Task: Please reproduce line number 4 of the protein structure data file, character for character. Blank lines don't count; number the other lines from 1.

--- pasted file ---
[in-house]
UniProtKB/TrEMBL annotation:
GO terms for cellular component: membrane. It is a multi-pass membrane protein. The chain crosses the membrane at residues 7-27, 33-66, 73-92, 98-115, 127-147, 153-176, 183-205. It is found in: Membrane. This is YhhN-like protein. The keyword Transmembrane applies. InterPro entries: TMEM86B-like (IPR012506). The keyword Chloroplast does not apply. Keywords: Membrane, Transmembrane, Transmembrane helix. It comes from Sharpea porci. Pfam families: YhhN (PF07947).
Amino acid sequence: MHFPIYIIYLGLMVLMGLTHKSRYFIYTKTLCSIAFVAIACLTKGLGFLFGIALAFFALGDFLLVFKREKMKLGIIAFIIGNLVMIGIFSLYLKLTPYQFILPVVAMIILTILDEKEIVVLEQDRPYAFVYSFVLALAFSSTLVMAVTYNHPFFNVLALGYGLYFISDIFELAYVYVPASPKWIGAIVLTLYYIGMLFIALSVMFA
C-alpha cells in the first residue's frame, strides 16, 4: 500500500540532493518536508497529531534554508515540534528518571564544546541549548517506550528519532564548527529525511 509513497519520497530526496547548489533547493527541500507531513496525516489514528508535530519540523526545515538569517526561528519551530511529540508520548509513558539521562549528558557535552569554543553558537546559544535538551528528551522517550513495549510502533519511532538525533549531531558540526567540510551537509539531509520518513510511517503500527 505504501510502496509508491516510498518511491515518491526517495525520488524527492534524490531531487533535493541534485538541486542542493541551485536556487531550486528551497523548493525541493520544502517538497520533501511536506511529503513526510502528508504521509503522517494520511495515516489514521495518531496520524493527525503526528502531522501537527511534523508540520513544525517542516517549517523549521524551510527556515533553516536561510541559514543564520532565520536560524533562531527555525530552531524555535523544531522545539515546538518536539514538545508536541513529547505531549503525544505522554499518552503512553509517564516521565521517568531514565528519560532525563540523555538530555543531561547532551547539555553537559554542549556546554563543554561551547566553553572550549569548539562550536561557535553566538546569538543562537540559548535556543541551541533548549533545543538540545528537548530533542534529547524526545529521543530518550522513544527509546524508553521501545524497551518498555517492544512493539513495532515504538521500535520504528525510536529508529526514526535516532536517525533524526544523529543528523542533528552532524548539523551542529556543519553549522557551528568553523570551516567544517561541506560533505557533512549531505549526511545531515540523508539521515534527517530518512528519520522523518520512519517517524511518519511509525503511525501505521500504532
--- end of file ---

Amino acid sequence: MHFPIYIIYLGLMVLMGLTHKSRYFIYTKTLCSIAFVAIACLTKGLGFLFGIALAFFALGDFLLVFKREKMKLGIIAFIIGNLVMIGIFSLYLKLTPYQFILPVVAMIILTILDEKEIVVLEQDRPYAFVYSFVLALAFSSTLVMAVTYNHPFFNVLALGYGLYFISDIFELAYVYVPASPKWIGAIVLTLYYIGMLFIALSVMFA